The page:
Variations: Collapsofemoris geocatapeltes (Cox)
The Tripodero of the Californian chaparral and foothills defies all scientific attempts at classification. Its small, strong body stands on two telescopic legs, with a kangaroo-like tail balancing it behind. As its legs can be collapsed or extended at will, the tripodero can stand tall over the brush, or crawl easily through the undergrowth. The tripodero’s face is all nose, with a storage pouch in its left jaw.
When a tripodero sees potential prey from its elevated vantage point, it sights down its snout and fires a clay slug, a supply of which is kept in a cheek pouch. Tripoderos have perfect aim and shoot with pinpoint accuracy. The clay pellet stuns the victim, allowing the tripodero to come in and devour it, bones and all.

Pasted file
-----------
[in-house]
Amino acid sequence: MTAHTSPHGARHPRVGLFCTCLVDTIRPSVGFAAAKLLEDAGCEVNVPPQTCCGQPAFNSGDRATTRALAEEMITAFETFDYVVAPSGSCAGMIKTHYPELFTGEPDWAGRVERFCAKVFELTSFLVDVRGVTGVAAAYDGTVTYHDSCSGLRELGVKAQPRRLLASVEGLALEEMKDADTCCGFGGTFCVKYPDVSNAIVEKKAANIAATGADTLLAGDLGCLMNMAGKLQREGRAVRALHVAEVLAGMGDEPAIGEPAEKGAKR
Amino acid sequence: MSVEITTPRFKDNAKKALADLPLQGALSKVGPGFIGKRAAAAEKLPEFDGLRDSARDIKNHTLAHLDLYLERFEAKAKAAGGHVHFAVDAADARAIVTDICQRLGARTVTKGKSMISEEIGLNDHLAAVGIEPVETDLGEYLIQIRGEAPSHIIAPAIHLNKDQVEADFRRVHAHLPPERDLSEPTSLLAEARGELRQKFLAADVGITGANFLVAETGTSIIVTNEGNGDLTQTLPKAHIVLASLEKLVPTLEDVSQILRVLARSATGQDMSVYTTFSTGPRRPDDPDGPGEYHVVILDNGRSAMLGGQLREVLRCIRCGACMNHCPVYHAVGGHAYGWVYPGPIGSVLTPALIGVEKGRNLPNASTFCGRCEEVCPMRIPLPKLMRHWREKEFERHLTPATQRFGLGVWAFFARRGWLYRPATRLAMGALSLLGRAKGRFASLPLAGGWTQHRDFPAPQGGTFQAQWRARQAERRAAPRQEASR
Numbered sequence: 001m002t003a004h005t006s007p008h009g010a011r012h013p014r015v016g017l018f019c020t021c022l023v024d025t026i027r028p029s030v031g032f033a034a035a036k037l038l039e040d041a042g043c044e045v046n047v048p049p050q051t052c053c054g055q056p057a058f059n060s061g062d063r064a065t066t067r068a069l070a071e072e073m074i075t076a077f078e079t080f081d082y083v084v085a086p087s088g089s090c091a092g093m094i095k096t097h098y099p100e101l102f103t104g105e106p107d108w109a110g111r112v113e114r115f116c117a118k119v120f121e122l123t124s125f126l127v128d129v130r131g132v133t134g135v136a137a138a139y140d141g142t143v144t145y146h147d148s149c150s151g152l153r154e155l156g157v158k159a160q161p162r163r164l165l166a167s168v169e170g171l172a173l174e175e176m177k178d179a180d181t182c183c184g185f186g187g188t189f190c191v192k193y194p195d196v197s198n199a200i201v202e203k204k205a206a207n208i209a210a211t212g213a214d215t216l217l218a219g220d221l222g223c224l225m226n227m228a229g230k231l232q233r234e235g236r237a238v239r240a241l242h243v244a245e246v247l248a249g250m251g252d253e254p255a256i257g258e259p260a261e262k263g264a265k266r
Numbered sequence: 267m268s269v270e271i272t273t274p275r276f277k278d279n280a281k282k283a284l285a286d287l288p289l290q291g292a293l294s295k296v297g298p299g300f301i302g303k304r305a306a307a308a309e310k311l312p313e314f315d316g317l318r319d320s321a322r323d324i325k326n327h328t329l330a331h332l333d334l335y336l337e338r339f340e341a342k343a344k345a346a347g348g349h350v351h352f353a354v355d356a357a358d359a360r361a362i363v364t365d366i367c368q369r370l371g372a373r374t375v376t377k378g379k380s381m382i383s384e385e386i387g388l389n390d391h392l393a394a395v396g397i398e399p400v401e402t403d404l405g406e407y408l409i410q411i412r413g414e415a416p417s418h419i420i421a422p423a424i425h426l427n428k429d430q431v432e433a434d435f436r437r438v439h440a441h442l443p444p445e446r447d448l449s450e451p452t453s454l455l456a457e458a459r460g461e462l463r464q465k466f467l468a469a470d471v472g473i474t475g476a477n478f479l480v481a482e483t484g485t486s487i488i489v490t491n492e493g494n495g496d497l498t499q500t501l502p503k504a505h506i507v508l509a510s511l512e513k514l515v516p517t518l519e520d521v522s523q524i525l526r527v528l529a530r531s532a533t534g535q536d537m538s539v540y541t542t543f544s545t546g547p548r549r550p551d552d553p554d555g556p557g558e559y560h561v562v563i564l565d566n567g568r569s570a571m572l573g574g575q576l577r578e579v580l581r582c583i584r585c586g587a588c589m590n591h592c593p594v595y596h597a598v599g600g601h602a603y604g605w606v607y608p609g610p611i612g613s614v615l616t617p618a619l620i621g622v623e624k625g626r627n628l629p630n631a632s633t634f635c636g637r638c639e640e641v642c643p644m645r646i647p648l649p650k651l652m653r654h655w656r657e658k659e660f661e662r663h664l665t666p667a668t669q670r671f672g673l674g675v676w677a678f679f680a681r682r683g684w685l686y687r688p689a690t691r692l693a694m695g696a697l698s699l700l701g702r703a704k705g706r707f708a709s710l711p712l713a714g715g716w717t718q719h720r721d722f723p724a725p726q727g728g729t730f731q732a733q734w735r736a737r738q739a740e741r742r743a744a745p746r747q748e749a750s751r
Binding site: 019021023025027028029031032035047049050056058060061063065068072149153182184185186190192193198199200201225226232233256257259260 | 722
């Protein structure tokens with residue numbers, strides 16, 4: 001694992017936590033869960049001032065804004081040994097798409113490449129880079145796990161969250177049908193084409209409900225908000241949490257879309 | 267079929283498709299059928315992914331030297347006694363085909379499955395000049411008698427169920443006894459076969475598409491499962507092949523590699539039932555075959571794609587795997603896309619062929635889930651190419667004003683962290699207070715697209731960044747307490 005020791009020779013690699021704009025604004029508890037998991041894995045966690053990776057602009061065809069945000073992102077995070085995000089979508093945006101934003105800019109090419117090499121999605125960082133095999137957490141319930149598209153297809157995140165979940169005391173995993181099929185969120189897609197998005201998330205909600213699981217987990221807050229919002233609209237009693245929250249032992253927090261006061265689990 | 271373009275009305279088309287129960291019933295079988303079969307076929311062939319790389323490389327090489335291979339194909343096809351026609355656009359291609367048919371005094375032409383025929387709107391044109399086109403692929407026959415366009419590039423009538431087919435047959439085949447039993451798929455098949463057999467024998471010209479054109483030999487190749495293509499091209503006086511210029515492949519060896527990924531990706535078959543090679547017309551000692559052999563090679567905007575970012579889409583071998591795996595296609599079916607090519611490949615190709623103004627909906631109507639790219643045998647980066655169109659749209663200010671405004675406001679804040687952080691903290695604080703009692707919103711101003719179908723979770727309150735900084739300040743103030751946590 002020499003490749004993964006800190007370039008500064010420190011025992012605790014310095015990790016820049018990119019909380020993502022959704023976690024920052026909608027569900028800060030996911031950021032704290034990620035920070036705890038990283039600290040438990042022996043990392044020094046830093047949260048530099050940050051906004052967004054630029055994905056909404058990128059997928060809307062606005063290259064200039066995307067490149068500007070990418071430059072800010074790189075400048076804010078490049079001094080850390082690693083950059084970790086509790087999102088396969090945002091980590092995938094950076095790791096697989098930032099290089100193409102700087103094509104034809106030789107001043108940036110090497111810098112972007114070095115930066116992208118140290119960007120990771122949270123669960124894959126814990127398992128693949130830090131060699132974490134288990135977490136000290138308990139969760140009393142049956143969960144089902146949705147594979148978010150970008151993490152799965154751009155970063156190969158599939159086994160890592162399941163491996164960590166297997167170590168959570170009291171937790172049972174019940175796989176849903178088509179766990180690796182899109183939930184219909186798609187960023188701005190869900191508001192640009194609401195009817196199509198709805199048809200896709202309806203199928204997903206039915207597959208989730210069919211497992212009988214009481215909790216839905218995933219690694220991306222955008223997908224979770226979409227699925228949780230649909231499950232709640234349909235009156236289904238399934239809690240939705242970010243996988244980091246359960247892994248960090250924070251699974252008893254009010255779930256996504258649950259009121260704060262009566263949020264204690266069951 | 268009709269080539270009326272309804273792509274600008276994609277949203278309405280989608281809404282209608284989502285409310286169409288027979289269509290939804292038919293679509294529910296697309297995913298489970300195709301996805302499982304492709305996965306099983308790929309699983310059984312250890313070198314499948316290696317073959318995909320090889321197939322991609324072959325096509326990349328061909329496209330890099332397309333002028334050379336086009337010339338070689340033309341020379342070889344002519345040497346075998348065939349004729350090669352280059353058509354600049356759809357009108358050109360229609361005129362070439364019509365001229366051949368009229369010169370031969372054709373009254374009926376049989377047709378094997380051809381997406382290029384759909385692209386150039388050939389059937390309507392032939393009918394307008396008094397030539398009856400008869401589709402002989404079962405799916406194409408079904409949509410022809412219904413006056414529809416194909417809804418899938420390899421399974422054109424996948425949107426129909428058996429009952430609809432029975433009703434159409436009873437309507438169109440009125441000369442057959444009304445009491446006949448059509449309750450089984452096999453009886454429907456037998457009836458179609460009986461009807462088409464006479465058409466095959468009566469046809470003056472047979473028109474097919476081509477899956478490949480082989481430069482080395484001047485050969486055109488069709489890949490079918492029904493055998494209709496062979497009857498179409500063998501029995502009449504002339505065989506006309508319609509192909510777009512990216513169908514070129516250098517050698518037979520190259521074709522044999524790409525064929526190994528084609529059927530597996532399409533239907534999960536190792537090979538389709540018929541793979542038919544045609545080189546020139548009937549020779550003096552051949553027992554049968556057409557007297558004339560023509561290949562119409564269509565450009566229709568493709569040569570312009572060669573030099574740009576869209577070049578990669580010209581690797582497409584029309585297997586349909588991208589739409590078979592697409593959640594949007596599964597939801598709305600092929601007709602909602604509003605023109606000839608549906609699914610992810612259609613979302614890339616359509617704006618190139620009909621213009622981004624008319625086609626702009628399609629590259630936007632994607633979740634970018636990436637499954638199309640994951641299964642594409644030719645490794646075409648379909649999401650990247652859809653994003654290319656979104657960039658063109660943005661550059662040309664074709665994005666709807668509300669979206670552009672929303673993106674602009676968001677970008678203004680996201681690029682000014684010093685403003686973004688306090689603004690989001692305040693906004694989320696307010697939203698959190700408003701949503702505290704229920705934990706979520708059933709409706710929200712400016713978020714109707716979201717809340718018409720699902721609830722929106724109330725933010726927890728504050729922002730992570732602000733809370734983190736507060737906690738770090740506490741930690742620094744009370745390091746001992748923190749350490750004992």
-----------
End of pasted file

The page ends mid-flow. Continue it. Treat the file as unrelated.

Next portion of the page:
Unlike other fearsome critters, the tripodero is associated primarily with construction sites, railroads, and engineering projects.
Brown, C. E. (1935) Paul Bunyan Natural History. Madison, Wisconsin.
Cox, W. T. (1910) Fearsome Creatures of the Lumberwoods with a Few Desert and Mountain Beasts. Judd and Detweiler, Washington D. C.
Dorson, R. M. (1982) Man and Beast in American Comic Legend. Indiana University Press, Bloomington.
Tryon, H. H. (1939) Fearsome Critters. The Idlewild Press, Cornwall, NY.